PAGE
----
- The investment is discretionary, and not required to sustain business-as-usual operations
- The purpose of the investment is to help the organization achieve its strategic objectives, which for commercial businesses include return on investment through either new cash inflow or a reduction in expenditure.
Growth Capex is also referred to as ‘Return Capex’, ‘Growth and Savings Capex’ or ‘Strategic Capex’.
The valuation of Growth Capex is calculated net of the amount that would have been required to simply replace any existing assets to their current operating capabilities and capacities in accordance with the Growth Capex Formula presented below:
Growth Capex = (Net Present Value of all project costs) – (Operational Expenditure) – (pure Replacement Capex amount)
Similarities of Growth Capex and Maintenance Capex
While Growth and Maintenance Capex define different types of expenditures, they share some core similarities.
Any Type of Asset
Both Growth and Maintenance Capex can be of any asset class including tangible assets such as land, building and equipment and intangible assets such as computer software, trademarks and brands.
Capex or Opex, Why it Matters
With both types of Capex investment, it is important to segregate the Capital (Capex) and Operational (Opex) components of the investment. A repair of a machine is Opex, a replacement of a machine is Capex, but what about an overhaul? The distinction typically becomes one of degree, frequency and longevity. A major overhaul of a plant component done on a 5-yearly cycle, is Capex. An annual service of another component done annually is Opex. A typical annual maintenance shut-down and overhaul project will thus have both Capex and Opex components. Read more about Capex Vs Opex.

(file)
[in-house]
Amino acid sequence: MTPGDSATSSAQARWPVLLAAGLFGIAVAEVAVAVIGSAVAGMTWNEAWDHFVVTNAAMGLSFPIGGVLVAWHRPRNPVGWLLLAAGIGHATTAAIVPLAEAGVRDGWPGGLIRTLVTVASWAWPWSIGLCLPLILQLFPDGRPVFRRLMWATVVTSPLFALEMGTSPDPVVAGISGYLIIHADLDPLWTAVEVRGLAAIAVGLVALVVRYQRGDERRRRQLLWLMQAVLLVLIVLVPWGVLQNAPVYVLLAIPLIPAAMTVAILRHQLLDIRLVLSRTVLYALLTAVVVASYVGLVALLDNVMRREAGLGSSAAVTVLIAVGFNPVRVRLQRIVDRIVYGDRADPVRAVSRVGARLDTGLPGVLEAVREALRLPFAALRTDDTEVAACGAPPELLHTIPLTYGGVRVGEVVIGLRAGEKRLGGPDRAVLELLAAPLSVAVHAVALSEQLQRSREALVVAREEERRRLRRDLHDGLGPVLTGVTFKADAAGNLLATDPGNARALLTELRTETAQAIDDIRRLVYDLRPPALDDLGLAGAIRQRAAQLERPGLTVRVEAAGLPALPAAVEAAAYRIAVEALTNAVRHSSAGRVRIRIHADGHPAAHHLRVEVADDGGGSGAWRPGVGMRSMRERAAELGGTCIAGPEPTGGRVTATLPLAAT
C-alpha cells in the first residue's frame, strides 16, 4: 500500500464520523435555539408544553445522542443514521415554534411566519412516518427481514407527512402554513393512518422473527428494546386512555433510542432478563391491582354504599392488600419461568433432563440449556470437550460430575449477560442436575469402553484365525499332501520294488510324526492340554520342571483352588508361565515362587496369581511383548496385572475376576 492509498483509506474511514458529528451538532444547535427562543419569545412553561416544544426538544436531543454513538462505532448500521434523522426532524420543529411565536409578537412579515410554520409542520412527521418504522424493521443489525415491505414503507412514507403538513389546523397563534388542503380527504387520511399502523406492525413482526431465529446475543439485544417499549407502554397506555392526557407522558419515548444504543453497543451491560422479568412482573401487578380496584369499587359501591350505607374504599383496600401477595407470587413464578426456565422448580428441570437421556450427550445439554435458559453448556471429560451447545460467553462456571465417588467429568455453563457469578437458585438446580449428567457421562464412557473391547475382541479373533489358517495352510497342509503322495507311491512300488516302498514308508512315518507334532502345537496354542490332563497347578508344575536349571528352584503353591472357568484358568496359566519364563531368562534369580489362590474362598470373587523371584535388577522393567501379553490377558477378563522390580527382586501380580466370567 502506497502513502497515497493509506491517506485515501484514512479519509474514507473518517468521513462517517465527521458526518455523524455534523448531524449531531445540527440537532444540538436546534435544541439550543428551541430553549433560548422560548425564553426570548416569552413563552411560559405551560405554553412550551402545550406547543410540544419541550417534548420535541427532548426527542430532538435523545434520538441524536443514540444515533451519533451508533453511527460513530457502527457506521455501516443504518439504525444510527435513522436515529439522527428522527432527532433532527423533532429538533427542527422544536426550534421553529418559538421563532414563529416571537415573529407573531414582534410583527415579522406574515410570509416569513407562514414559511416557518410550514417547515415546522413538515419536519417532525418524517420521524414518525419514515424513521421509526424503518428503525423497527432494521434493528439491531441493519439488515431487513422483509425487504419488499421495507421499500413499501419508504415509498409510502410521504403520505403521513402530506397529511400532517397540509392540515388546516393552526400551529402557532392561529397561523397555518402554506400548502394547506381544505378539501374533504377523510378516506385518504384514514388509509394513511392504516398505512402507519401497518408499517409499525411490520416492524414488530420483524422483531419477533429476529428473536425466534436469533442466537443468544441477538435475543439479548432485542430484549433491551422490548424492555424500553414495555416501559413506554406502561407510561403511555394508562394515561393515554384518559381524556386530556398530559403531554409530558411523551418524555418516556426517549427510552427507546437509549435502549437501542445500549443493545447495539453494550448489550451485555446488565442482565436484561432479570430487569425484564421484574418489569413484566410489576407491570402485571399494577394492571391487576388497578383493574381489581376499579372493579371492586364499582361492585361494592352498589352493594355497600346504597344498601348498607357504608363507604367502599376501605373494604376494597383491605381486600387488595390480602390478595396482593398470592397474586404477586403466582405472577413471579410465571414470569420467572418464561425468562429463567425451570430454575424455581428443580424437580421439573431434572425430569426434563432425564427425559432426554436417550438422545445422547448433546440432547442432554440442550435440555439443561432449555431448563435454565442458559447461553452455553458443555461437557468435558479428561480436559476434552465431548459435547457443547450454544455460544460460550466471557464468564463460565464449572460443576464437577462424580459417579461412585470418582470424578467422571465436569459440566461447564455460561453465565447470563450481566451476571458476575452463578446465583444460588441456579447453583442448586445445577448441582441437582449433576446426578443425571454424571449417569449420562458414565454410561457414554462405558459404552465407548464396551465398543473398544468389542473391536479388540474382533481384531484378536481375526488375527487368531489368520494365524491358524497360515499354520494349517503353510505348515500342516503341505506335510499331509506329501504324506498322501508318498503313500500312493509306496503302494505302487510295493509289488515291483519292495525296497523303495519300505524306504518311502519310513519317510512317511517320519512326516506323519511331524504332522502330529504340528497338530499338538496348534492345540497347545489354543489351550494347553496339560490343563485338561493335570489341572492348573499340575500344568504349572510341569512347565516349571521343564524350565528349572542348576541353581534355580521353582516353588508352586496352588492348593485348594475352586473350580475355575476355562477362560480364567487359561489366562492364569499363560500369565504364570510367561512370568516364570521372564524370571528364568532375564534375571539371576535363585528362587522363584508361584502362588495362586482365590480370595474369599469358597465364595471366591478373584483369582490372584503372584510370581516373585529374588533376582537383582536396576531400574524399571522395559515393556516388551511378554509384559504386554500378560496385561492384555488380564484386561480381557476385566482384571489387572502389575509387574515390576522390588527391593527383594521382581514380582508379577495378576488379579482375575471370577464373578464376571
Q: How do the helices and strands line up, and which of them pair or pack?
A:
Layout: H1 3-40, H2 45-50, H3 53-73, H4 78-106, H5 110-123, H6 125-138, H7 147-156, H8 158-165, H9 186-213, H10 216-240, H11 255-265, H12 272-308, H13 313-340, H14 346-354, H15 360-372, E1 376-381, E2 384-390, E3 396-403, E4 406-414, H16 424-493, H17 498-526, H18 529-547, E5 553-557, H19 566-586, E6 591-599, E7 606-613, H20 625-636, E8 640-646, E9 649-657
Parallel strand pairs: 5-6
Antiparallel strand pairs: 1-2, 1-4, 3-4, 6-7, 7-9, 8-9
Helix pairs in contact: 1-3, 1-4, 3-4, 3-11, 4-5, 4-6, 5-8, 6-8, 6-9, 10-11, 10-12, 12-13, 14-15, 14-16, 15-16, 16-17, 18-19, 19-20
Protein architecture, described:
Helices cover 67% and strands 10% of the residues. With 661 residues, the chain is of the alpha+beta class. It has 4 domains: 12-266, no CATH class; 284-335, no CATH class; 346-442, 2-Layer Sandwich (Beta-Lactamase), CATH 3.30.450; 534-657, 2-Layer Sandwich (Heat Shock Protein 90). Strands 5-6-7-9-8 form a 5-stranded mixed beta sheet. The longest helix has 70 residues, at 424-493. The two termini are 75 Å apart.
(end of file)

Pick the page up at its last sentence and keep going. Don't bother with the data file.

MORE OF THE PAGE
All Capex can be Urgent
Investment proposal evaluation should always include the concept of urgency. For Maintenance Capex, the urgency is typically assessed via a risk of failure classification. The more likely the risk of failure as the asset depreciates, and the greater the impact on the entire organization, the higher the risk assessment, and therefore urgency of replacement. For Growth Capex, the urgency assessment is more subtle, but just as important. Opportunity Cost is the typical measure of urgency for a growth initiative, and the higher the opportunity cost, the more urgent the project. For example, the Opportunity Cost of not implementing a new technology may be significant loss of competitiveness and market share.
There are Always Options
In evaluating both Capex and Maintenance investment proposals, consideration should be given to options. Even with Maintenance Capex, there will almost always be a like-for-like replacement option as well as a ‘major competitor’ or ‘alternate technology’ solution. That is why, even for Maintenance Capex, alignment of the options to the strategic objectives of the operating unit should be considered. For example, if the responsible area has an objective to cut greenhouse gas emissions, the electric option may be preferred.
An Element of Risk
All Capex involves a degree of implementation risk that should be assessed when evaluating business cases. Normally, the replacement of existing assets involving known technology and internal skills is significantly lower-risk, than Growth Capex which may involve completely new partnerships, processes, technology and skills.
Differences Between Maintenance and Growth Capex
It’s important to point out several differences between Maintenance and Growth Capex which often makes them difficult to manage without a seamless Capex management system.
It Depends on the Industry
Organizations in heavy capital-intensive industries (e.g. Utilities, Manufacturing, Mining) will allocate the majority of their capital expenditure on maintenance and replacement of their capital plant and equipment. Organizations in technology or fast-moving consumer goods industries (eg IT, Retail, Professional Services) will allocate the majority of their Capex on growth and savings initiatives, to achieve sustainable competitive advantage.